Today in the wonderful world of EXPLO, our summer staff are thrilled to be moving onto the Wheaton, Sarah Lawrence, and Colby College campuses; but the whole team is also taking time to learn about, celebrate, and reflect on the history of this day we call “Juneteenth.”
June 19th, dubbed Juneteenth, is a day to honor and celebrate Black history, liberation, culture, and joy. With the past year seeing a long-overdue uptick in conversations around race and racism in the United States, Juneteeth is also a time to actively continue on our anti-racist journeys.
Host a Celebration
Galveston, where the holiday originates, boasts one of the biggest Juneteenth celebrations in the country. The celebration kicks off with a commemorative reading of the Emancipation Proclamation, followed by a prayer breakfast at Ashton Villa, a historic home built in 1859.
No matter where you live, you can celebrate in your own way. Gather friends and family to share food and drink, listen to music, play games — whatever feels right.
Spread the Word
Forty-seven states and the District of Columbia mark June 19 as a state holiday or observance, but Juneteenth still isn't a federal holiday.
This past week, the Senate unanimously passed a resolution establishing June 19th as Juneteenth National Independence Day, but the House of Representatives will need to pass the measure before June 19 becomes an official holiday.
Here are three ways you can keep the momentum going:
Juneteenth exists first and foremost as a relationship with labor. The day observes not just a rest from, but an active resistance to, monetized labor in its most oppressive and forced capacities.
One opportunity of reflection is the relinquishment of working time, if even for a few minutes. Active self-emancipation from labor is what this holiday is all about.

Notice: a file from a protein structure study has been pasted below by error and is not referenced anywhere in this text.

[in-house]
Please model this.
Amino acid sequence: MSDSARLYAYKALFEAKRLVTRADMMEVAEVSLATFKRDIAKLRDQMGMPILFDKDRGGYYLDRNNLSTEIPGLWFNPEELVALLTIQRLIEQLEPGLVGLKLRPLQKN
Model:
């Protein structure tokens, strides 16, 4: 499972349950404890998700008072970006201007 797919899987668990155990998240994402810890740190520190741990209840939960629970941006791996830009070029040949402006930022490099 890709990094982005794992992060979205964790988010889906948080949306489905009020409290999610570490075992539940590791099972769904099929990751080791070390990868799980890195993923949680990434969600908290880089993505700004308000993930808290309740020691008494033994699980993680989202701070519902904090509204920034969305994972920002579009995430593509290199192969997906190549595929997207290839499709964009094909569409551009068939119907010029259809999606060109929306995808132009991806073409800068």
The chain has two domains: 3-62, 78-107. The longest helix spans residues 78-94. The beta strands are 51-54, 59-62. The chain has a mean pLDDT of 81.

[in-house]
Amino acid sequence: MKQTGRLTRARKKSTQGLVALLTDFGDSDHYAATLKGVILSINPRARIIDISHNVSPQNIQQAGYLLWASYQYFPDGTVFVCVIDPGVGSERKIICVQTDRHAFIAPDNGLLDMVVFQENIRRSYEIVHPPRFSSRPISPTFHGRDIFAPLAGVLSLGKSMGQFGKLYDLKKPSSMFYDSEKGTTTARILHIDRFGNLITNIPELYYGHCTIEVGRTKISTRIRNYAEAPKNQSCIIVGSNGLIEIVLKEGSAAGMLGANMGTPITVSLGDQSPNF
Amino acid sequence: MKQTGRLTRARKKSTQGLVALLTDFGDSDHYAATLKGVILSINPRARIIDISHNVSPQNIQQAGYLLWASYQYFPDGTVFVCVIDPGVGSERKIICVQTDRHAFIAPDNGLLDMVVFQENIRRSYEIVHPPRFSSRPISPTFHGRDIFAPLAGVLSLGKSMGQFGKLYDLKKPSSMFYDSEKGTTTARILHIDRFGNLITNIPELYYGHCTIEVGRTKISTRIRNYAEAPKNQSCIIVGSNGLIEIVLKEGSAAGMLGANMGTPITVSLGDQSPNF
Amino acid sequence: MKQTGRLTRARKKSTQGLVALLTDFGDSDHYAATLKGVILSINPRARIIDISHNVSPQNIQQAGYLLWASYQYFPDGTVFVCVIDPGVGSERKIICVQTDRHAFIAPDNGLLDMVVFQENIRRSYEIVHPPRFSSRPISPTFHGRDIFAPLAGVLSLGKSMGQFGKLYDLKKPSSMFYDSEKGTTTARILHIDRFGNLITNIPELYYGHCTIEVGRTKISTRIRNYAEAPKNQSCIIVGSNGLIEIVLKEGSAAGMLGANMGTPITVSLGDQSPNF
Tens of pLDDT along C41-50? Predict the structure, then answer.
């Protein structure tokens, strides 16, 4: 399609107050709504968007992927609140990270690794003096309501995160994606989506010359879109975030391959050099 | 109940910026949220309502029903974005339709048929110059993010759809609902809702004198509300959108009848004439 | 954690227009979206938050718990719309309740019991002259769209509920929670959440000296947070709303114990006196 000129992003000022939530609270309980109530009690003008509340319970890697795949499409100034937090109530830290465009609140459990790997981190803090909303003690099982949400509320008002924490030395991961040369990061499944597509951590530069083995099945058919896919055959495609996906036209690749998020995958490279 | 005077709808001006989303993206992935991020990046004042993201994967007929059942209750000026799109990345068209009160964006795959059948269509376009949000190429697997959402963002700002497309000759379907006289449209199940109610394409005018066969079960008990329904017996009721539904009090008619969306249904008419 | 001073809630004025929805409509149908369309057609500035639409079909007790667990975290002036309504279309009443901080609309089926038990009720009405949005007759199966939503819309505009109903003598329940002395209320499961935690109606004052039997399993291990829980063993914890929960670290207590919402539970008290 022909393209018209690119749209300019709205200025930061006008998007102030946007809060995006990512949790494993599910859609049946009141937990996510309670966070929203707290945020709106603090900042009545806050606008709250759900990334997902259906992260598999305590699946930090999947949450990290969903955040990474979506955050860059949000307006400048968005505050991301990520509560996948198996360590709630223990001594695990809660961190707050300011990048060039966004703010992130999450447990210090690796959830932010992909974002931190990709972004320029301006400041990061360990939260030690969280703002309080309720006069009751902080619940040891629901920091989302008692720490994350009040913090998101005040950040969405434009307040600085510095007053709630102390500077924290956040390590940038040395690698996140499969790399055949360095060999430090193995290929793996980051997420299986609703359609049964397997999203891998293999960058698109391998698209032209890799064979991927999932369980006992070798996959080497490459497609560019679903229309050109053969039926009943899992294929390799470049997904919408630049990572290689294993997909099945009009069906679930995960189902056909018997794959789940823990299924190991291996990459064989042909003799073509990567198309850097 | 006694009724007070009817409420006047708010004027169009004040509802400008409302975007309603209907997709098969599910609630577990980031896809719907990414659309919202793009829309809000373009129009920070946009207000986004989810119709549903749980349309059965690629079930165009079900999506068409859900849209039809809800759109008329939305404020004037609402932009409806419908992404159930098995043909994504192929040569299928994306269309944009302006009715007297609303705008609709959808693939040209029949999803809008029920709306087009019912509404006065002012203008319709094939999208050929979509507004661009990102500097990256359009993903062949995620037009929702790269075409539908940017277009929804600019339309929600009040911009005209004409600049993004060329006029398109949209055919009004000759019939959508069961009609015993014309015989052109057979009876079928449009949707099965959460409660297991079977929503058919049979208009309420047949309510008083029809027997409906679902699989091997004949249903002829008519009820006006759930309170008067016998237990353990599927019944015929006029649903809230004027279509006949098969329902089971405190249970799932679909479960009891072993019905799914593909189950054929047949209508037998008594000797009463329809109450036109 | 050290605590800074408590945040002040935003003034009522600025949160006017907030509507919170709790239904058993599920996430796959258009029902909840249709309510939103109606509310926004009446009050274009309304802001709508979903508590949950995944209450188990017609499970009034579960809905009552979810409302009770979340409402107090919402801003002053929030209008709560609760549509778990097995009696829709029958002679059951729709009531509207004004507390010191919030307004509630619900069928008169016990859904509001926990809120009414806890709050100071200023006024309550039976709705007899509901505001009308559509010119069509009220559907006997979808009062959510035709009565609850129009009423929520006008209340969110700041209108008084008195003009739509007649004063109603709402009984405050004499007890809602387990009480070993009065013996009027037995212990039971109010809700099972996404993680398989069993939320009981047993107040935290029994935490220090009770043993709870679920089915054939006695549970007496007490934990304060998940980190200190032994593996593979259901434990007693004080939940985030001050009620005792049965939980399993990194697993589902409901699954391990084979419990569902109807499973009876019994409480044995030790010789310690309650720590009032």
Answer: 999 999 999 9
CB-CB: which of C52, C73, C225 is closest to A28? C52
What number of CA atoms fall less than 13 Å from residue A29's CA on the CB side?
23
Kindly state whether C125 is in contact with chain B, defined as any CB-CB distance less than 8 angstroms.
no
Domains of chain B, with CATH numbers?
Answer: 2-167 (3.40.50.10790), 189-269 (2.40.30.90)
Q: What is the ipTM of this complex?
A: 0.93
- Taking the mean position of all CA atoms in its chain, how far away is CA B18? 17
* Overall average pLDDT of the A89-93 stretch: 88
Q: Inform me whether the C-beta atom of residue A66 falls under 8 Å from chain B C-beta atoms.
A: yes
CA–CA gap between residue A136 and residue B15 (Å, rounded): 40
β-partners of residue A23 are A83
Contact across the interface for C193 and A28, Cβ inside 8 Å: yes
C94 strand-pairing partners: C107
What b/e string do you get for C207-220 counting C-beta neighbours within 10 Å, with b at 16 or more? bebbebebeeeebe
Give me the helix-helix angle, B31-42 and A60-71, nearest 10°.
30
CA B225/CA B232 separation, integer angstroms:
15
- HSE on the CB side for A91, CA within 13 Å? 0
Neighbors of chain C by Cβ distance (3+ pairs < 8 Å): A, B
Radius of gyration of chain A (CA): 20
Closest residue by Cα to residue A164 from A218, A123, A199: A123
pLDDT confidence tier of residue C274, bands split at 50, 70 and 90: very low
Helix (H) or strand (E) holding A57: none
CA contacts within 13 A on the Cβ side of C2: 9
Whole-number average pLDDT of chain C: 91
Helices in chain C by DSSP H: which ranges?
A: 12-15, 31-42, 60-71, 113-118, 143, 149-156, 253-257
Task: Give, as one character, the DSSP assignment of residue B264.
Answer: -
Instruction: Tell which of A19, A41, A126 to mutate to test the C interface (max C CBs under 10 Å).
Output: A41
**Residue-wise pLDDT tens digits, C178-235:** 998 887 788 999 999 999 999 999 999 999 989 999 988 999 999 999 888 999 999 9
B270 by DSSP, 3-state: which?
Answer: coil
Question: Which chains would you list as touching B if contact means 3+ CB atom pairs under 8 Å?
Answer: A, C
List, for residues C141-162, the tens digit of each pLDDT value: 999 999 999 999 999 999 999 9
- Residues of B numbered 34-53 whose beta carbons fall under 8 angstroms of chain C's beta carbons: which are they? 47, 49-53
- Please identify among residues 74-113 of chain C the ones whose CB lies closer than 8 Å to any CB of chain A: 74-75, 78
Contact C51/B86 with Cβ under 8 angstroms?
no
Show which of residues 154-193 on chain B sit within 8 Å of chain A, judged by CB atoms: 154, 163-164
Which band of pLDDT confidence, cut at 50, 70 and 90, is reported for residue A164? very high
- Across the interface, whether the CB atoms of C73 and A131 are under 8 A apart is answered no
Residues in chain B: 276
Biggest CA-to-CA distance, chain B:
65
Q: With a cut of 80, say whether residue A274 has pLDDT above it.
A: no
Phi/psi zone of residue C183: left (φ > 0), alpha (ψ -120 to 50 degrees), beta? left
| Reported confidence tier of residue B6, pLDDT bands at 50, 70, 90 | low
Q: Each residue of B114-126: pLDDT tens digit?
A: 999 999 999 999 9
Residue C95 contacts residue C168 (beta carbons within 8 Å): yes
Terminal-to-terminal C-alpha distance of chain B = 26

Setting down work — and the liberation that action contains — is as active a process now as it was in 1865. Even if you're typically off on Saturdays, take a few moments to rest. Housework, homework, and any other work can wait.
Support Black Businesses
Many of us have been making a conscious effort to shop small + local, but taking it a step further and supporting Black-owned businesses — those who suffered over COVID or face discrimination in their communities — is another way to celebrate Juneteenth this year (and every year!). This Mashable article may help you get started.
Attending an event on or around Juneteenth — whether in-person or online — is a wonderful way to celebrate...and maybe you’ll even learn something!
- Juneteenth events in Massachusetts
- Juneteenth events in New York
- Juneteenth events in Maine
- Virtual Juneteenth events
Wherever you are today, we invite you to join us in a moment of gratitude for the strides we've made toward racial justice and equity — and a moment of acknowledgment for all of the work still left to do.
Abby Leigh Curtis + Sam Osborn